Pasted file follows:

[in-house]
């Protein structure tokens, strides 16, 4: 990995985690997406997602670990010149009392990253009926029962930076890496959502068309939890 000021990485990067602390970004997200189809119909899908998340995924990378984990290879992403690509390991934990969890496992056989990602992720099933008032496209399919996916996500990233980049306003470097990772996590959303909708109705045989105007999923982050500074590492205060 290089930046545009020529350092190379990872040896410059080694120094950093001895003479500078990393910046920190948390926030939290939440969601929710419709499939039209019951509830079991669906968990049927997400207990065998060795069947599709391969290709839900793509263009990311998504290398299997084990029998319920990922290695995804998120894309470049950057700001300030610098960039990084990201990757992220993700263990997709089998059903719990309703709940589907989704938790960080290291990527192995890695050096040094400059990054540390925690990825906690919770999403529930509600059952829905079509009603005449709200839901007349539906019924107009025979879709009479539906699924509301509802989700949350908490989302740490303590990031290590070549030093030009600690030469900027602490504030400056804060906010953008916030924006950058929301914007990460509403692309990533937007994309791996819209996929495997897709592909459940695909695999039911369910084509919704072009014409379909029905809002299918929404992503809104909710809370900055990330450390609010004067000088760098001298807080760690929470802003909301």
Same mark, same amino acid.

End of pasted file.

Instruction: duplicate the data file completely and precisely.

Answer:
[in-house]
């Protein structure tokens, strides 16, 4: 990995985690997406997602670990010149009392990253009926029962930076890496959502068309939890 000021990485990067602390970004997200189809119909899908998340995924990378984990290879992403690509390991934990969890496992056989990602992720099933008032496209399919996916996500990233980049306003470097990772996590959303909708109705045989105007999923982050500074590492205060 290089930046545009020529350092190379990872040896410059080694120094950093001895003479500078990393910046920190948390926030939290939440969601929710419709499939039209019951509830079991669906968990049927997400207990065998060795069947599709391969290709839900793509263009990311998504290398299997084990029998319920990922290695995804998120894309470049950057700001300030610098960039990084990201990757992220993700263990997709089998059903719990309703709940589907989704938790960080290291990527192995890695050096040094400059990054540390925690990825906690919770999403529930509600059952829905079509009603005449709200839901007349539906019924107009025979879709009479539906699924509301509802989700949350908490989302740490303590990031290590070549030093030009600690030469900027602490504030400056804060906010953008916030924006950058929301914007990460509403692309990533937007994309791996819209996929495997897709592909459940695909695999039911369910084509919704072009014409379909029905809002299918929404992503809104909710809370900055990330450390609010004067000088760098001298807080760690929470802003909301």
Same mark, same amino acid.